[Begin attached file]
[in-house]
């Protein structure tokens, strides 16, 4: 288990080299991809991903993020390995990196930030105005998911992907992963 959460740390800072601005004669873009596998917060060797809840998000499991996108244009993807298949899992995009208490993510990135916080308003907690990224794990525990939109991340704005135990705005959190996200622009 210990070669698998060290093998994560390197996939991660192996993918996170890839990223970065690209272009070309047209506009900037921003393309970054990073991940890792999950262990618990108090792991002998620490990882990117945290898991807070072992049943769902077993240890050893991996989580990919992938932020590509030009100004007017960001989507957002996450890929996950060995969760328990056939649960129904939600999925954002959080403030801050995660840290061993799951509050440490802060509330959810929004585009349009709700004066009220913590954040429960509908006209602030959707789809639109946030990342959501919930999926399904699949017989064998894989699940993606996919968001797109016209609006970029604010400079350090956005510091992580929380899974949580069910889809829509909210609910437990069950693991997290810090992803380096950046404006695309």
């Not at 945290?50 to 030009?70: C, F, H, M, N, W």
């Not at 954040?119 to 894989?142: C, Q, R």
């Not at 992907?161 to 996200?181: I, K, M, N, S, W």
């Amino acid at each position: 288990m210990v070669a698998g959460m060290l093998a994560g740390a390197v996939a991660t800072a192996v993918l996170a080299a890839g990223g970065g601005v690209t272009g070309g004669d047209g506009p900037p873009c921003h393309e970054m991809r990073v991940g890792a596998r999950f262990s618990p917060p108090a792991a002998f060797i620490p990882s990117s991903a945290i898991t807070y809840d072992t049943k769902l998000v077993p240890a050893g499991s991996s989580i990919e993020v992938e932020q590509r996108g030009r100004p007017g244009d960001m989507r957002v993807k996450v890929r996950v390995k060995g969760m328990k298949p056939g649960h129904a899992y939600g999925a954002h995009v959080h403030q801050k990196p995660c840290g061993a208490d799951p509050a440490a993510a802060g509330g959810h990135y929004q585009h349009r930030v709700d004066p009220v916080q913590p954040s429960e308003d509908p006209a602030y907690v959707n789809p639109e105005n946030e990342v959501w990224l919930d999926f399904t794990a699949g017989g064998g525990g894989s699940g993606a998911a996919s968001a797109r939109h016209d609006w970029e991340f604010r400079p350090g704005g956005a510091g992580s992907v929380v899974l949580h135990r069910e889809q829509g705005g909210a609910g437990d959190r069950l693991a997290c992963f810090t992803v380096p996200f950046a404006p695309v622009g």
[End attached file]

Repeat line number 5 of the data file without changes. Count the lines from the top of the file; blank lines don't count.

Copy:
């Not at 992907?161 to 996200?181: I, K, M, N, S, W």